Here are a couple of games without the extra e-pawn just to show some similar games that white won. The first is close to how I imagined trying to win, and the second shows black not defending too well.

 [Event "Warsaw AIG Life rapid 9th"]
 [Site "Warsaw"]
 [Date "2009.12.20"]
 [Round "11"]
 [White "Sergeev, Vladimir"]
 [Black "Lind, Jan Olov"]
 [Result "1-0"]
 [ECO "A48"]
 [WhiteElo "2428"]
 [BlackElo "2209"]
 [PlyCount "129"]
 [EventDate "2009.12.19"]
 [EventType "swiss (rapid)"]
 [EventRounds "13"]
 [EventCountry "POL"]
 [FEN ""]

 1. d4 Nf6 2. Nf3 g6 3. Bg5 Bg7 4. Nbd2 c5 5. e3 b6 6. c3 O-O 7. h3 Bb7 8. Bd3 d6 9. O-O Nbd7 10. a4 a6 11. Qe2 Qc7 12. e4 e5 13. dxe5 dxe5 14. Rfd1 Rfe8 15. Bc2 Nf8 16. Nc4 Re6 17. Bxf6 Bxf6 18. Bb3 Rd8 19. Rxd8 Qxd8 20. Rd1 Qc7 21. Ne3 Rd6 22. Bd5 Ne6 23. Qc4 h5 24. h4 Kg7 25. g3 Qd7 26. Ra1 Bxd5 27. Nxd5 b5 28. axb5 axb5 29. Qe2 c4 30. Qe3 Rxd5 31. exd5 Qxd5 32. Re1 Nc5 33. Nxe5 Na4 34. Re2 Bxe5 35. Qxe5+ Qxe5 36. Rxe5 Nxb2 37. Rxb5 Nd1 38. Rc5 Nxc3 39. Rxc4 Nd5 40. Rc6 Nf6 41. Kg2 Ng4 42. Ra6 Ne5 43. Kf1 Ng4 44. Ke2 Ne5 45. f3 Nd7 46. Ke3 Nf6 47. Kd4 Ng8 48. Ke5 Nh6 49. Kf4 Ng8 50. Ra7 Nf6 51. Ra5 Ng8 52. g4 hxg4 53. fxg4 Nf6 54. g5 Nd7 55. Ke4 Nf8 56. Ra6 Nd7 57. Kd5 Nf8 58. Rd6 Nh7 59. Kc6 Nf8 60. Kc7 Nh7 61. Kd8 Kf8 62. Rb6 f6 63. Rb7 Kg8 64. Rxh7 fxg5 65. Rh6 1-0

And the second:

 [Event "Belgrade Trako"]
 [Site "Belgrade"]
 [Date "1995.??.??"]
 [Round "5"]
 [White "Ostojic, Nikola"]
 [Black "Nestorovic, Dejan"]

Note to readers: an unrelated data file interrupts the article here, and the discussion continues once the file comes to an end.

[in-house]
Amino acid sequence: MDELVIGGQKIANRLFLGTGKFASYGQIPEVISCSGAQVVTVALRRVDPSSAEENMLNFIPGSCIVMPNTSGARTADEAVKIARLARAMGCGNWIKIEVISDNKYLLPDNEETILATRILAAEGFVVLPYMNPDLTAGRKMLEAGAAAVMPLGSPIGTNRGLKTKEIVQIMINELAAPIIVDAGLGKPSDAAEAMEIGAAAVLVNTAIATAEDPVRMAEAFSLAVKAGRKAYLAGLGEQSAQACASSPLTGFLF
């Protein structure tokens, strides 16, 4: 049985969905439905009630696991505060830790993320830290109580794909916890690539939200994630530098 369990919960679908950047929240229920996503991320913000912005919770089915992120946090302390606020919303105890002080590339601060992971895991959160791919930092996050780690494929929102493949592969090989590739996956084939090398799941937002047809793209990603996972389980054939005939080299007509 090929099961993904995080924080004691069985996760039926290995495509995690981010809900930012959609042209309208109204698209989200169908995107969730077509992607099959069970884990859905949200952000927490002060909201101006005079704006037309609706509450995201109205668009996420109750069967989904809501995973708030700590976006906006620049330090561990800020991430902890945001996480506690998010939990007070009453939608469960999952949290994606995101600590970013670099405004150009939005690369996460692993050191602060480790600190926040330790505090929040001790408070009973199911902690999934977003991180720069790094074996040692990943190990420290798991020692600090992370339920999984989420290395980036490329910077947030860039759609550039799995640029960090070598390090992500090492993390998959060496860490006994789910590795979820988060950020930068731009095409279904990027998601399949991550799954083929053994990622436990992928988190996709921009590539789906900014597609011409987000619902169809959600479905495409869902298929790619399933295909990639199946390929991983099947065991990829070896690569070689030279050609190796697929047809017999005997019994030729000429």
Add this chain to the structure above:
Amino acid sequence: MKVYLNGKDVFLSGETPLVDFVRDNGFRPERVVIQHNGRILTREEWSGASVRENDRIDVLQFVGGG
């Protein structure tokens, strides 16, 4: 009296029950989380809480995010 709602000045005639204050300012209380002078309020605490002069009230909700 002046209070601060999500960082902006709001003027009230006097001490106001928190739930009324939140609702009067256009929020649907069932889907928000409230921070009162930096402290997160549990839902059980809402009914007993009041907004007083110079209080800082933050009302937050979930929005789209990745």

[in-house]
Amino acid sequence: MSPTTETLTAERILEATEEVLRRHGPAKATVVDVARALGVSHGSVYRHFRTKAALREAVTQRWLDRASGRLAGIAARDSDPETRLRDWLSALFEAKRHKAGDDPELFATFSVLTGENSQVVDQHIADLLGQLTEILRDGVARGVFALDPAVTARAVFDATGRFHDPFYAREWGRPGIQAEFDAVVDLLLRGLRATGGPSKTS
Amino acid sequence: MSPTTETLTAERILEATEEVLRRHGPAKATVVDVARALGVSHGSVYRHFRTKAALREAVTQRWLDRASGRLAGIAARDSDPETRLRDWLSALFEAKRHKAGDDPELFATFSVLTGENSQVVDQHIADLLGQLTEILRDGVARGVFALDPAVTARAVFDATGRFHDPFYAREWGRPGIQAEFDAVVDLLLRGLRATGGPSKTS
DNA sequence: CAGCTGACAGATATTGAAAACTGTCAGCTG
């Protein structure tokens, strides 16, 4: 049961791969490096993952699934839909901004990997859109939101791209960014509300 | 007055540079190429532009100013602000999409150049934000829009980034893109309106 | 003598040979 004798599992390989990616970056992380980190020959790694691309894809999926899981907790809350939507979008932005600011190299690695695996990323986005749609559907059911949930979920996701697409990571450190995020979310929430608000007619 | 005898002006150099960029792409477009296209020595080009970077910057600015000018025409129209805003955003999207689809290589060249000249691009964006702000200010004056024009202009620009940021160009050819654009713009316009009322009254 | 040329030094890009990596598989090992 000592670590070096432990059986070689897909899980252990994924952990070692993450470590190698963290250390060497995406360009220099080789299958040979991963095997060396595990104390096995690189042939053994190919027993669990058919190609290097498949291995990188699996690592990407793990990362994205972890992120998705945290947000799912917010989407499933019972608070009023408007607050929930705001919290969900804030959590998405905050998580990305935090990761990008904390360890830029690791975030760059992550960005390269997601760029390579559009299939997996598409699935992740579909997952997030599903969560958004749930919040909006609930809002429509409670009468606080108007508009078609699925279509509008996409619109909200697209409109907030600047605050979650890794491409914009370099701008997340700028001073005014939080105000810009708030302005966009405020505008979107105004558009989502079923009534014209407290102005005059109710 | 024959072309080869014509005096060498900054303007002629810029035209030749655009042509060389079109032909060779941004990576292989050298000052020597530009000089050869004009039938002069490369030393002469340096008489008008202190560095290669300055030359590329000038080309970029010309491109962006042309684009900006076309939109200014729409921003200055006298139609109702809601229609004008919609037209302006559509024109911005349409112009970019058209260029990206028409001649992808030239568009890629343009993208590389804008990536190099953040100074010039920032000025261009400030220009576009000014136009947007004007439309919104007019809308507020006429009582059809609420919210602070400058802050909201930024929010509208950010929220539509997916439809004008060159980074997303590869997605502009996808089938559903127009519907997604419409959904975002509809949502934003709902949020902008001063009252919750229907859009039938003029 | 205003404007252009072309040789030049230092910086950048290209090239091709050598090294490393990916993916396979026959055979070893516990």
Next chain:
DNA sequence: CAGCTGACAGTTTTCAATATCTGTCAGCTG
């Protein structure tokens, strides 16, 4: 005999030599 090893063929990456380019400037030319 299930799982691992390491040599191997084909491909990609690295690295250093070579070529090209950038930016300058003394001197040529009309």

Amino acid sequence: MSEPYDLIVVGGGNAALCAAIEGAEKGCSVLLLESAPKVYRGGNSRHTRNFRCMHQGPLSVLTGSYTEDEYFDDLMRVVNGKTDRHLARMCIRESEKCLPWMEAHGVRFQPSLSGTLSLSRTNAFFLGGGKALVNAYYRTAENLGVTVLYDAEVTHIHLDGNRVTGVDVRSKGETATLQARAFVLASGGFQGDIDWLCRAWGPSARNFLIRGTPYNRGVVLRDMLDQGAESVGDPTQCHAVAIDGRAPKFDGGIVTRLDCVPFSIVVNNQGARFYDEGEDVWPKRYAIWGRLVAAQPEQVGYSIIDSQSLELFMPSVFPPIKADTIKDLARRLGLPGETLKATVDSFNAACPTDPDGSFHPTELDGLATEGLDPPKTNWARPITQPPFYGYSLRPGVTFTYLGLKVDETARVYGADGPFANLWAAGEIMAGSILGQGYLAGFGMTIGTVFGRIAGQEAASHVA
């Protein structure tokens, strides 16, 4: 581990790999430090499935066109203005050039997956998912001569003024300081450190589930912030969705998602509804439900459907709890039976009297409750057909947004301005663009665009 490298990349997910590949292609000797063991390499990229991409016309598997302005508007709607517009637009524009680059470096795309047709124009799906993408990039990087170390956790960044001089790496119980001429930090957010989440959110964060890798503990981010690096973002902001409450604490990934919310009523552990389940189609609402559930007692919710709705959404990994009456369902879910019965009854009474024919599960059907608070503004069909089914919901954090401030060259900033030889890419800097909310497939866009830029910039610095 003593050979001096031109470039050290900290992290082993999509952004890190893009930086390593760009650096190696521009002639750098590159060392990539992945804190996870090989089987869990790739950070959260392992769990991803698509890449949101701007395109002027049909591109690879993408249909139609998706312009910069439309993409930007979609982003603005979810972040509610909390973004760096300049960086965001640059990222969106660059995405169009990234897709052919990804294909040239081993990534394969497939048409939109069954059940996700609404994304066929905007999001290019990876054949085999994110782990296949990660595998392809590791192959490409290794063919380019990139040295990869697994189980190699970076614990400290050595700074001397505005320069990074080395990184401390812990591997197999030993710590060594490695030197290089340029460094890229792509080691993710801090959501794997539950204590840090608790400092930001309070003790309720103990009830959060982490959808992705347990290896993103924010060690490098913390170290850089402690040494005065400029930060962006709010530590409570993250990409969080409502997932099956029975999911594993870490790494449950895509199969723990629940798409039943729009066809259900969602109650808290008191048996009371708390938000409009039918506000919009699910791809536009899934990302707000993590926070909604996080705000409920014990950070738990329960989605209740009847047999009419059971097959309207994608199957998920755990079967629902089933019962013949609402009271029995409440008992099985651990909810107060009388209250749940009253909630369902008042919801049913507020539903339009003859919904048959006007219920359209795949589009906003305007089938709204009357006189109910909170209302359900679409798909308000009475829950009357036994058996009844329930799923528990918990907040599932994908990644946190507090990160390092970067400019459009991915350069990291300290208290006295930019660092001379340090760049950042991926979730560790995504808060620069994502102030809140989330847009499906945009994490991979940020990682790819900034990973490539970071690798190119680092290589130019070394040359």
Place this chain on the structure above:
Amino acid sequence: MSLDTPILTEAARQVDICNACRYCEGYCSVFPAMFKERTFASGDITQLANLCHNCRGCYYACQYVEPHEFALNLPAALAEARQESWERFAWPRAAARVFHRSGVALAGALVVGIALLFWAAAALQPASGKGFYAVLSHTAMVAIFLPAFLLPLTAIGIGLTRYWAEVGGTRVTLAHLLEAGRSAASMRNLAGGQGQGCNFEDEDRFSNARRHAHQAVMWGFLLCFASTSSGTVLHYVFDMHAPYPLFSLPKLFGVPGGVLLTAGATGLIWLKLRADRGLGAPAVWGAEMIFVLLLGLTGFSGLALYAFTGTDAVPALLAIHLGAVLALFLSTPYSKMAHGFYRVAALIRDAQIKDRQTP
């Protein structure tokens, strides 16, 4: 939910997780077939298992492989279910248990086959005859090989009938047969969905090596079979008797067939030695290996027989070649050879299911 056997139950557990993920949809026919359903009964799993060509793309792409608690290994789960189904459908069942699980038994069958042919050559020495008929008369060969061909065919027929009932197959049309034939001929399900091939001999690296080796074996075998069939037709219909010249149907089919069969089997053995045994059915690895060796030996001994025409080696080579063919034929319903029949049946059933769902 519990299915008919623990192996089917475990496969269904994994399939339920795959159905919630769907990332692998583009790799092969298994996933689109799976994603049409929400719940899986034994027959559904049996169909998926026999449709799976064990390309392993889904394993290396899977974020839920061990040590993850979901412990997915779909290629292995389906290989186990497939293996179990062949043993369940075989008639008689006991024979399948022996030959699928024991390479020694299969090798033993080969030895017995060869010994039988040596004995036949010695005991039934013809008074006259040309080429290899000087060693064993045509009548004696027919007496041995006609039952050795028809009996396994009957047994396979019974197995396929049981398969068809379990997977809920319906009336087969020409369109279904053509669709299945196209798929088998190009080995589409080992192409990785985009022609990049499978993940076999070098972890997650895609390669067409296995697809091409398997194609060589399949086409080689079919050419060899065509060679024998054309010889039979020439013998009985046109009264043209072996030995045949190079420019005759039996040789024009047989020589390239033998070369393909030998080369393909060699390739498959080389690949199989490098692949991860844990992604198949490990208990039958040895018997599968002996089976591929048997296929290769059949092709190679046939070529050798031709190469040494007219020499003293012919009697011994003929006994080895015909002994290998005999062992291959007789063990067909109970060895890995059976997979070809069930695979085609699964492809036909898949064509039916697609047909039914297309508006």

[Result "1-0"]
 [ECO "D85"]
 [WhiteElo "2465"]
 [BlackElo "2415"]
 [PlyCount "105"]
 [EventDate "1995.03.??"]
 [EventType "tourn"]
 [EventRounds "13"]
 [EventCountry "YUG"]
 [EventCategory "9"]
 [FEN ""]

 1. d4 Nf6 2. c4 g6 3. Nc3 d5 4. cxd5 Nxd5 5. e4 Nxc3 6. bxc3 Bg7 7. Bb5+ c6 8. Ba4 O-O 9. Ne2 c5 10. O-O Nc6 11. Be3 Qc7 12. Qc2 Na5 13. Qc1 Bd7 14. Bxd7 Qxd7 15. Bh6 cxd4 16. Bxg7 Kxg7 17. cxd4 Rac8 18. Qe3 b6 19. Rad1 Rc2 20. d5 Rxa2 21. Nd4 Kg8 22. Rd3 Nc4 23. Qc1 Rc8 24. Nc6 Rxc6 25. Qb1 Rd2 26. Rxd2 Nxd2 27. dxc6 Qxc6 28. Rc1 Qb7 29. Qd3 Nxe4 30. Qd8+ Kg7 31. Rc7 Qa6 32. Qd4+ Nf6 33. Rxe7 h5 34. h3 Qa5 35. Qc4 Qd5 36. Qxd5 Nxd5 37. Rxa7 Kf6 38. Kf1 Ke6 39. h4 Kf6 40. g3 Ke6 41. Ke2 Nf6 42. Kd3 Ng4 43. Ra2 Kf5 44. Rb2 Ne5+ 45. Kd4 Nd7 46. Kd5 Nf6+ 47. Kd6 Ne4+ 48. Ke7 g5 49. Kxf7 gxh4 50. gxh4 Nc5 51. Rxb6 Nd3 52. Rb3 Ne5+ 53. Kg7 1-0

I found two more wins but with colors reversed and with the e-pawn. The first win is by the venerable Yermo, who is a great endgame expert. In this game, you see Yermo try to get a passer with f6, and g5, but when white does not trade, he grabs space instead. Then you see the king walk again hitting the soft spots. This is probably the game you should imitate. If there were a "textbook example", I would probably use this one.

 [Event "Western Pacific op 3rd"]
 [Site "Burbank"]
 [Date "2005.03.26"]
 [Round "3"]
 [White "Kretchetov, Alexandre"]
 [Black "Yermolinsky, Alex"]
 [Result "0-1"]
 [ECO "E11"]
 [WhiteElo "2326"]
 [BlackElo "2570"]
 [PlyCount "146"]
 [EventDate "2005.03.25"]
 [EventType "swiss"]
 [EventRounds "5"]
 [EventCountry "USA"]
 [FEN ""]

 1. d4 Nf6 2. c4 e6 3. Nf3 Bb4+ 4. Bd2 c5 5. Bxb4 cxb4 6. g3 O-O 7. Bg2 d6 8. O-O Re8 9. a3 bxa3 10. Rxa3 Nc6 11. Nc3 a5 12. Nb5 Na7 13. Nxa7 Rxa7 14. b4  b6 15. Qc2 Qc7 16. Rfa1 Bb7 17. Nd2 Bxg2 18. Kxg2 e5 19. dxe5 Rxe5 20. Nf3 Re4 21. bxa5 Rxa5 22. Rxa5 bxa5 23. Qd2 Qxc4 24. e3 a4 25. Qxd6 Re8 26. Nd4 h5 27. h3 Ra8 28. Ra3 Ne4 29. Qe5 Nd2 30. Qb5 Qxb5 31. Nxb5 Nc4 32. Rc3 a3 33. Rxc4 a2 34. Rc1 a1=Q 35. Rxa1 Rxa1 36. h4 g6 37. Nd4 Kg7 38. Nf3 Ra2 39. Nd4 Kf6 40. Kf3 Rb2 41. Ne2 Ke5 42. Nf4 Rd2 43. Ne2 Rd6 44. Nf4 Rf6 45. Kg2 Ke4 46. Nh3 Kd3 47. Ng1 Ra6 48. Nf3 f6 49. Kf1 Ra5 50. Kg2 g5 51. Kf1 g4 52. Nd4 Ra6 53. Nb5 Rb6 54. Nd4 Kd2 55. Kg1 Rb1+ 56. Kg2 Rd1 57. Ne6 Ke1 58. Nf4 Rd2 59. Kg1 f5 60. Nxh5 Rxf2 61. Nf4 Ra2 62. h5 Kd2 63. Kf2 Kc3+ 64. Kg1 Kc4 65. Ng6 Kd5 66. Nf4+ Ke4 67. h6 Ra6 68. h7 Rh6 69. Ne6 Kxe3 70. Ng5 f4 71. gxf4 Kxf4 72. Ne6+ Kg3 73. Ng5 Kh4 0-1